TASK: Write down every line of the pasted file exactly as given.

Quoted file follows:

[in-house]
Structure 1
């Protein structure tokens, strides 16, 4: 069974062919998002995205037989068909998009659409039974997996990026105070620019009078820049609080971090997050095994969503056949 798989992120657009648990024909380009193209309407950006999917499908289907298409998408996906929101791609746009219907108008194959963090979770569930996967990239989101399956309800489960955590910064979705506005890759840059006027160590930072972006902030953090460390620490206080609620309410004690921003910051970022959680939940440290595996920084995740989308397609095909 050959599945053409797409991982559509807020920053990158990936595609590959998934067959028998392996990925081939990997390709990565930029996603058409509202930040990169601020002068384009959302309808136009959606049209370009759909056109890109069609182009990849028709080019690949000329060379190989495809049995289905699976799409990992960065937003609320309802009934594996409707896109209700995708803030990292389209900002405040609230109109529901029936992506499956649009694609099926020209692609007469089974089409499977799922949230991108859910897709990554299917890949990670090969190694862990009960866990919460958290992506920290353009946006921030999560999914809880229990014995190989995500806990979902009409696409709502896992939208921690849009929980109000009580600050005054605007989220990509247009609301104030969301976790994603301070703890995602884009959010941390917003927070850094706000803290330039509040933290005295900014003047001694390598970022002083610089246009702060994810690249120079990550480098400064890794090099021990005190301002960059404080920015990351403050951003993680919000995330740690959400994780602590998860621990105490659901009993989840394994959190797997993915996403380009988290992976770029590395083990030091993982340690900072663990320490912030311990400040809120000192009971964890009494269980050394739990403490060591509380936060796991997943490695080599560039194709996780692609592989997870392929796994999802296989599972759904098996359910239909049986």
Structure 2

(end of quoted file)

[in-house]
Structure 1
């Protein structure tokens, strides 16, 4: 069974062919998002995205037989068909998009659409039974997996990026105070620019009078820049609080971090997050095994969503056949 798989992120657009648990024909380009193209309407950006999917499908289907298409998408996906929101791609746009219907108008194959963090979770569930996967990239989101399956309800489960955590910064979705506005890759840059006027160590930072972006902030953090460390620490206080609620309410004690921003910051970022959680939940440290595996920084995740989308397609095909 050959599945053409797409991982559509807020920053990158990936595609590959998934067959028998392996990925081939990997390709990565930029996603058409509202930040990169601020002068384009959302309808136009959606049209370009759909056109890109069609182009990849028709080019690949000329060379190989495809049995289905699976799409990992960065937003609320309802009934594996409707896109209700995708803030990292389209900002405040609230109109529901029936992506499956649009694609099926020209692609007469089974089409499977799922949230991108859910897709990554299917890949990670090969190694862990009960866990919460958290992506920290353009946006921030999560999914809880229990014995190989995500806990979902009409696409709502896992939208921690849009929980109000009580600050005054605007989220990509247009609301104030969301976790994603301070703890995602884009959010941390917003927070850094706000803290330039509040933290005295900014003047001694390598970022002083610089246009702060994810690249120079990550480098400064890794090099021990005190301002960059404080920015990351403050951003993680919000995330740690959400994780602590998860621990105490659901009993989840394994959190797997993915996403380009988290992976770029590395083990030091993982340690900072663990320490912030311990400040809120000192009971964890009494269980050394739990403490060591509380936060796991997943490695080599560039194709996780692609592989997870392929796994999802296989599972759904098996359910239909049986």
Structure 2